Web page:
if a > 10
then x*2
else x*3
where
expensive = a*a*a*a*a*a*a*a
```

But the higher-order interface is problematic for intensional interpretations (e.g. AST extraction). The main problem is to come up with a representation of the variable to which the body can be applied. One must make sure that the chosen variable does not lead to capturing. For such interpretations, the first-order function `letI`

is more suitable.

`letI`

is similar to `letE`

, but with some important differences:

- The "body" argument passed to
`letE`

is a function while the `letI`

has an open expression as body.
- The name passed to
`letE`

is just a suggested *base* of the variable name. The user does not need to worry about potential name clashing.
- The name passed to
`letI`

is the *actual* variable name. The caller must guarantee that this name does not clash with other variables.

The thing to note is this:

`letE`

is *easy* to call, but *hard* to implement.
`letI`

is *hard* to call, but *easy* to implement.

`letI`

is hard to call, because it must be given a name that does not lead to capturing. But for an implementor, `letI`

is very nice. Why? Because it gets a variable name from someone else, and it can directly inspect the body without first applying it to an argument.

The good news is that Dino provides the means to bridge the gap between `letE`

and `letI`

: the `Intensional`

newtype wrapper. Given a `LetIntensional`

instance for an interpretation, we can automatically derive `LetExp`

by just wrapping it in `Intensional`

, due to the following instance:

```
instance (VarExp e, LetIntensional e) => LetExp (Intensional e)
```

In other words, you get to *define your semantics using first-order constructs and automatically derive a higher-order interface*.

As an example, the `Reified`

interpretation (for AST extraction; see Dino.Interpretation) is an example of one that only instantiates first-order classes (`LetIntensional`

and friends). But the combined type `Intensional Reified`

supports a higher-order interface (`LetExp`

and friends).

But what about adding new higher-order constructs? Then one must go through the work of defining an instance such as the one for `LetExp (Intensional e)`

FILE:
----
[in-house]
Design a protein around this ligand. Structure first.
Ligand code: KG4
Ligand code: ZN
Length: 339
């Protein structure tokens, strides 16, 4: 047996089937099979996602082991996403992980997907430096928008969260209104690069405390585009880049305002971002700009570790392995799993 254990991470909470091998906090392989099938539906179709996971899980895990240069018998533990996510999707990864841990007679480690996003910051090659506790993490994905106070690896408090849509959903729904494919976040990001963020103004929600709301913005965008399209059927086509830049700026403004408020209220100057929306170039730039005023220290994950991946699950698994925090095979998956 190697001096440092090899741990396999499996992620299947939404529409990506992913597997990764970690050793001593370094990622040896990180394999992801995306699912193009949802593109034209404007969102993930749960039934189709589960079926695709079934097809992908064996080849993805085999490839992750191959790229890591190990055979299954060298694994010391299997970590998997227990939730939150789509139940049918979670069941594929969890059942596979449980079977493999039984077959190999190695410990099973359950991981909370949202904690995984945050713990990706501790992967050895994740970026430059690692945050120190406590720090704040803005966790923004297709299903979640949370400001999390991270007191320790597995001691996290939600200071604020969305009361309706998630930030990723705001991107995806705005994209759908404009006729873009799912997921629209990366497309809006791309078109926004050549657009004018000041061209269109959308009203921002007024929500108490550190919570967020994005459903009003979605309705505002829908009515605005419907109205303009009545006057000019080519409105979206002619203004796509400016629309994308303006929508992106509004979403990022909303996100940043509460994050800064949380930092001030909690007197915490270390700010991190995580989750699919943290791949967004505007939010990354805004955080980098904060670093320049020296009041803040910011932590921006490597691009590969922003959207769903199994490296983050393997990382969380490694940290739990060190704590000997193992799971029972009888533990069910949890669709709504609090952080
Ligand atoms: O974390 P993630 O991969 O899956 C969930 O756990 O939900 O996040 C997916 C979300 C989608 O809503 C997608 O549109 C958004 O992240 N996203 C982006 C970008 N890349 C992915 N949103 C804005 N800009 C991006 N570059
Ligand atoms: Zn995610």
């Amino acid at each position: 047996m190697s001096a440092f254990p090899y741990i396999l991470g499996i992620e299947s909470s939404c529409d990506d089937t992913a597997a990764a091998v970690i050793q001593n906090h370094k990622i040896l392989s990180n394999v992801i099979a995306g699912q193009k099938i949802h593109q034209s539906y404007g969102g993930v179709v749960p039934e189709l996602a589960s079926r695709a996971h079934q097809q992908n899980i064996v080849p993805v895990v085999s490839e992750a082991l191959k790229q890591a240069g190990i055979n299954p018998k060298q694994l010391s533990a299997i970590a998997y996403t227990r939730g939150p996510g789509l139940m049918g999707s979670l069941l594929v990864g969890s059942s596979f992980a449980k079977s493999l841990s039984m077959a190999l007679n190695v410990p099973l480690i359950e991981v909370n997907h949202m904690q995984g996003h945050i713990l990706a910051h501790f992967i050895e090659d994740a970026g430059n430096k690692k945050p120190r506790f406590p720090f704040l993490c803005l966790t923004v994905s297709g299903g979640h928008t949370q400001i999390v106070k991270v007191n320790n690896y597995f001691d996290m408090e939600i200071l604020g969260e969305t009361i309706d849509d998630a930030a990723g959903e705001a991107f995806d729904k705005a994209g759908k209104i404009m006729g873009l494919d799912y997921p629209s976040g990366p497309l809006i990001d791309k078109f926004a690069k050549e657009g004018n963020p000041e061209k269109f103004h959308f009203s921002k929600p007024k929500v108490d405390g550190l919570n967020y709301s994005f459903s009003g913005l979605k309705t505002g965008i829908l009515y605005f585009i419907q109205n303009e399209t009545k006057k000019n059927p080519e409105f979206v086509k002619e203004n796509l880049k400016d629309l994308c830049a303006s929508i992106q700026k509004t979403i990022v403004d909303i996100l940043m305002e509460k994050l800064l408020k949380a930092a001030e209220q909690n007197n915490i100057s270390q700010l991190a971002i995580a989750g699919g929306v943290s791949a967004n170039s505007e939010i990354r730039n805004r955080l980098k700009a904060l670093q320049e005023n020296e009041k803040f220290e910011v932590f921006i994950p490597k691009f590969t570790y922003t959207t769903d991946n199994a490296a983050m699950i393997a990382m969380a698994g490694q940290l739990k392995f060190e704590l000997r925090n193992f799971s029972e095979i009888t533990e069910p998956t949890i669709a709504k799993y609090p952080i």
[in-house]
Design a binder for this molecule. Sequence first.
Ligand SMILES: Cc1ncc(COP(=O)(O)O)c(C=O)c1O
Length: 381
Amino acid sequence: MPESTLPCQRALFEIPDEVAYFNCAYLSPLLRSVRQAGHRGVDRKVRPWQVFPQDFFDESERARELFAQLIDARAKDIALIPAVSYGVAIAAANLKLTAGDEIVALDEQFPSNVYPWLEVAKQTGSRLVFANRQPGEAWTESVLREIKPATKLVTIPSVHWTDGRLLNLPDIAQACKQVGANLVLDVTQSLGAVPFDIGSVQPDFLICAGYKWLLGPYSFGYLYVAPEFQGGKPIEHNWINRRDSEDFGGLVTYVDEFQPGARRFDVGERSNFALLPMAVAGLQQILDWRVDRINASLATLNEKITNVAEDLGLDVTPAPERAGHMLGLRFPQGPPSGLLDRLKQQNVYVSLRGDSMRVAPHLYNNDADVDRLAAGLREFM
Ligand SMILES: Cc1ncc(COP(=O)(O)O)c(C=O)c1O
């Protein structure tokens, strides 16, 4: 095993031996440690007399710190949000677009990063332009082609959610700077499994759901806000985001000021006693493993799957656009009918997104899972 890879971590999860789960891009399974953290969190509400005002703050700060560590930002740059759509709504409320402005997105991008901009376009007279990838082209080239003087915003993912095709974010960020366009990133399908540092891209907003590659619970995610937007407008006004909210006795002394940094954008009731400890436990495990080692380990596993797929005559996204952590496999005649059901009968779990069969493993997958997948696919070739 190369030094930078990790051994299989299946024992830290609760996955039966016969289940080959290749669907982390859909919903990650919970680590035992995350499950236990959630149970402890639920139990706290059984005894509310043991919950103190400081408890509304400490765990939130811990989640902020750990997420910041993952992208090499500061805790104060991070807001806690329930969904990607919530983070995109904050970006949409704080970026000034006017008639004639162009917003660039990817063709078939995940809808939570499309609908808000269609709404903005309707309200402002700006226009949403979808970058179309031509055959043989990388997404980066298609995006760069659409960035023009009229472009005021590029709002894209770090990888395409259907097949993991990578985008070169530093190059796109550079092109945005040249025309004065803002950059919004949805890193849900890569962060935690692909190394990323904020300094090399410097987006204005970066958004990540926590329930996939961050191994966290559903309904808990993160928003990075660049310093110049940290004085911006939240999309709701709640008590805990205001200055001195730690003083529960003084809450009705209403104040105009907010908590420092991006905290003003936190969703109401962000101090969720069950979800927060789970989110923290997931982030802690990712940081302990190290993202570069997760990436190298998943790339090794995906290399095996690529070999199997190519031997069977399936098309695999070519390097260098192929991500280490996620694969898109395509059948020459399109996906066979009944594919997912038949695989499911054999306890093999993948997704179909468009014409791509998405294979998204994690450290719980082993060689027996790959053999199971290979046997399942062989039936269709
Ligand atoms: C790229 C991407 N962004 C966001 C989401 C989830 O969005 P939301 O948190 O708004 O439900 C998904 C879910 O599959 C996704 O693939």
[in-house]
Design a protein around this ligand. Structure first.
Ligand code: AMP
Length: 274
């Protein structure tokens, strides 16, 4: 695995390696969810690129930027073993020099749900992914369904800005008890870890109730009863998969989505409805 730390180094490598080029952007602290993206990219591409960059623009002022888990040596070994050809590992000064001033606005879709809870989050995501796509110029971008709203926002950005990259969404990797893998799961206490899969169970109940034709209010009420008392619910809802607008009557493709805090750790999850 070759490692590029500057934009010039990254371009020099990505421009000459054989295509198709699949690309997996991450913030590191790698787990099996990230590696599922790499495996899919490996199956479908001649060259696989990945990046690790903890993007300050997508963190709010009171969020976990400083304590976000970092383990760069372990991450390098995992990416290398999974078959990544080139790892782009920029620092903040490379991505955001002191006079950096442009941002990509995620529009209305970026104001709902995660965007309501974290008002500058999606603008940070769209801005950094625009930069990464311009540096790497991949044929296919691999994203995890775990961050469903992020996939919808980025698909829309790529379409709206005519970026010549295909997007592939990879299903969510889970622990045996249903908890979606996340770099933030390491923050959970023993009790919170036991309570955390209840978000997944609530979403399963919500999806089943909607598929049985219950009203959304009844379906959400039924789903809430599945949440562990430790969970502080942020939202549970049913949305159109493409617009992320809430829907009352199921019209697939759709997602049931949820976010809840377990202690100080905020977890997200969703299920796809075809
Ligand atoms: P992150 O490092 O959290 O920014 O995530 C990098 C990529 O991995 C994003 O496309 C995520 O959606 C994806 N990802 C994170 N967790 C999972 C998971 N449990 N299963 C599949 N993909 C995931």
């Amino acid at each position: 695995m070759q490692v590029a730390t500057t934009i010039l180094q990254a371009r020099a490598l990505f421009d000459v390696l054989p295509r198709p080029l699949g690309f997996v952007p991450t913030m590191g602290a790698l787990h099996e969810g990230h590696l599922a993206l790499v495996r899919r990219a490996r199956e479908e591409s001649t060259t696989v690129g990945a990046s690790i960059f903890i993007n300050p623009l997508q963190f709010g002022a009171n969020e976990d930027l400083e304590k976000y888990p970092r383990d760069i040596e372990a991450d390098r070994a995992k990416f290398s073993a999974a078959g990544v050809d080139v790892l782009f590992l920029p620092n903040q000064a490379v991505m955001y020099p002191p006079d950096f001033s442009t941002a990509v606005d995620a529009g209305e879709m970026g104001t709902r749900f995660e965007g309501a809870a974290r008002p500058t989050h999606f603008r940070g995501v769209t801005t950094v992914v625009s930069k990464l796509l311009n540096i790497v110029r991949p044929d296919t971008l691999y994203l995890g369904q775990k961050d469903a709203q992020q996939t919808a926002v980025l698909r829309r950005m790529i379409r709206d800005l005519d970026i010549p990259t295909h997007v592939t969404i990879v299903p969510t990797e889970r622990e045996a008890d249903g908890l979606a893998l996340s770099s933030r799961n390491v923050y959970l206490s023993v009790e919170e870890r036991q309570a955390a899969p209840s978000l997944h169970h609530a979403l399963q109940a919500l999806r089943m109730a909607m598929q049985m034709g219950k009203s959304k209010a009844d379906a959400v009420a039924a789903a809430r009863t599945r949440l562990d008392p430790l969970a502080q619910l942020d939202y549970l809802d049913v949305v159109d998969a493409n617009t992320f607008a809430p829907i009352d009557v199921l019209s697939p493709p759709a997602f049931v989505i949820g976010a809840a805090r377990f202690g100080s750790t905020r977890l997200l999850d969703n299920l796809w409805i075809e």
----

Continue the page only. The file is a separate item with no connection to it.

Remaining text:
above. Fortunately, defining such instances is made very easy by the following function:

```
unbind ::
(VarExp e, DinoType a)
=> Text -- ^ Variable base name
-> (Intensional e a -> Intensional e b) -- ^ Body parameterized by its free variable
-> (Text, Intensional e b) -- ^ Generated variable and function body
```

It takes a body represented as a function, and returns a body as an open expression along with the generated variable name. This name is guaranteed not to lead to capturing, as long all binders are generated using the same method. There is also `unbind2`

, for constructs that introduce two local variables.

For the curious reader, `unbind`

is implemented using the technique in Using Circular Programming for Higher-Order Syntax.

### Parallel interpretation

The `(:×:)`

type allows two interpretations to run in parallel. This type derives many syntactic classes automatically:

```
instance (ConstExp e1, ConstExp e2) => ConstExp (e1 :×: e2)
instance (NumExp e1, NumExp e2) => NumExp (e1 :×: e2)
...
```

However, it is not possible to give such general instances for classes with higher-order constructs (e.g. `LetExp`

). Instead, there are instances for intensional classes, such as this one:

```
instance (LetIntensional e1, LetIntensional e2) => LetIntensional (e1 :×: e2)
```

As seen earlier, we can derive `LetExp`

from `LetIntensional`

by using the `Intensional`

wrapper. So, in order to obtain a parallel interpretation for `LetExp`

, we simply use the type `Intensional (e1 :×: e2)`

, where `e1`

and `e2`

are the interpretations we want to run. (Of course, `(:×:)`

can be nested in order to run more than two interpretations in parallel.)

Note that we cannot run standard evaluation as a parallel interpretation. This is because the monads for standard evaluation (e.g. `Identity`

or `Maybe`

) implement `LetExp`

but not `LetIntensional`

. In order to do evaluation in a parallel setting, use the type `EvalEnv`

, which evaluates using a variable environment.